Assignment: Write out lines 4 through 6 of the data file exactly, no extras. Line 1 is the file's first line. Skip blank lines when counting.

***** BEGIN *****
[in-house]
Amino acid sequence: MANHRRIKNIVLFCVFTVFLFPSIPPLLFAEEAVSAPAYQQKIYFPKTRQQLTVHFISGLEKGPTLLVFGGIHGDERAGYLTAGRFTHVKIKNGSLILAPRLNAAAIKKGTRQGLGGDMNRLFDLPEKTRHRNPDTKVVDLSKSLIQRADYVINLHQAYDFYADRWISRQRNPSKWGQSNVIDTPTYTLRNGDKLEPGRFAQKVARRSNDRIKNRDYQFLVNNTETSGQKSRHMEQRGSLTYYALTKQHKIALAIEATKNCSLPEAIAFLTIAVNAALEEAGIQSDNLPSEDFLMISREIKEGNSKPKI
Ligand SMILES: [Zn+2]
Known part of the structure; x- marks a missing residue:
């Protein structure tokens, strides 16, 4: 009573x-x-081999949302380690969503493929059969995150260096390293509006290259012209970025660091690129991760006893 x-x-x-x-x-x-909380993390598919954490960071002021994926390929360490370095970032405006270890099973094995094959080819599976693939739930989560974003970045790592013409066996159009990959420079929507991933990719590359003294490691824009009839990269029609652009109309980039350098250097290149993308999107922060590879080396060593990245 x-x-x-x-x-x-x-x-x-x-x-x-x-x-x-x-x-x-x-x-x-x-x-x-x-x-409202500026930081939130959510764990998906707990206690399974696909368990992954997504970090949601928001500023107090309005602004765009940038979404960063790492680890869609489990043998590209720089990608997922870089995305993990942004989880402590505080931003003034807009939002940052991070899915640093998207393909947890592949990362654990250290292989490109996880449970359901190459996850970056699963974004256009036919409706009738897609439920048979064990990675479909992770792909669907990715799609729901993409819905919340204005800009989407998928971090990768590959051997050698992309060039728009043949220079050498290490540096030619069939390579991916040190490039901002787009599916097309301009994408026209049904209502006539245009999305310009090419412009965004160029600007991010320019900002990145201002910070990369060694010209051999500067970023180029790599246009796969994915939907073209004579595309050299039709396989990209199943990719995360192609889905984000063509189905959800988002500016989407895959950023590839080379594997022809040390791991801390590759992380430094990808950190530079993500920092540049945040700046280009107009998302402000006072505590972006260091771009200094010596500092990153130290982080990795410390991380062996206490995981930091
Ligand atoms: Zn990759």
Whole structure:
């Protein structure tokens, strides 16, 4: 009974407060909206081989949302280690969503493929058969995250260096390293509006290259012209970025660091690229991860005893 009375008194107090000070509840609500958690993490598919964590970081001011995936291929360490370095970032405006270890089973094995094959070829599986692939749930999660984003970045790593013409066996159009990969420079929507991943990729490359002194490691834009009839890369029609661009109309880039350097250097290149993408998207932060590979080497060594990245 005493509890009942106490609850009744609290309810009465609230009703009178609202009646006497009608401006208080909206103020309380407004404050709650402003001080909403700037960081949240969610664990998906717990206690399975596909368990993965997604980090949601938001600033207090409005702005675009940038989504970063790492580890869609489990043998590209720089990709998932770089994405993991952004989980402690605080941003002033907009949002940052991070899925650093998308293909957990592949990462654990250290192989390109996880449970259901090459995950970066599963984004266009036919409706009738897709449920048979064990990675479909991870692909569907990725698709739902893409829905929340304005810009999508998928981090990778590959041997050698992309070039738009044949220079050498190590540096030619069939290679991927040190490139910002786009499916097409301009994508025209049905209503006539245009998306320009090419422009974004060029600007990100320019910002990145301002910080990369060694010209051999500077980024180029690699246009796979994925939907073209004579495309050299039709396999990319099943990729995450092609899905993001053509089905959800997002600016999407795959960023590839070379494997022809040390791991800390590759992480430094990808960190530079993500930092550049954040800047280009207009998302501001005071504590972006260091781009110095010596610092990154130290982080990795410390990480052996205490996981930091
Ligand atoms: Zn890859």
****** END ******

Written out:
Known part of the structure; x- marks a missing residue:
């Protein structure tokens, strides 16, 4: 009573x-x-081999949302380690969503493929059969995150260096390293509006290259012209970025660091690129991760006893 x-x-x-x-x-x-909380993390598919954490960071002021994926390929360490370095970032405006270890099973094995094959080819599976693939739930989560974003970045790592013409066996159009990959420079929507991933990719590359003294490691824009009839990269029609652009109309980039350098250097290149993308999107922060590879080396060593990245 x-x-x-x-x-x-x-x-x-x-x-x-x-x-x-x-x-x-x-x-x-x-x-x-x-x-409202500026930081939130959510764990998906707990206690399974696909368990992954997504970090949601928001500023107090309005602004765009940038979404960063790492680890869609489990043998590209720089990608997922870089995305993990942004989880402590505080931003003034807009939002940052991070899915640093998207393909947890592949990362654990250290292989490109996880449970359901190459996850970056699963974004256009036919409706009738897609439920048979064990990675479909992770792909669907990715799609729901993409819905919340204005800009989407998928971090990768590959051997050698992309060039728009043949220079050498290490540096030619069939390579991916040190490039901002787009599916097309301009994408026209049904209502006539245009999305310009090419412009965004160029600007991010320019900002990145201002910070990369060694010209051999500067970023180029790599246009796969994915939907073209004579595309050299039709396989990209199943990719995360192609889905984000063509189905959800988002500016989407895959950023590839080379594997022809040390791991801390590759992380430094990808950190530079993500920092540049945040700046280009107009998302402000006072505590972006260091771009200094010596500092990153130290982080990795410390991380062996206490995981930091
Ligand atoms: Zn990759």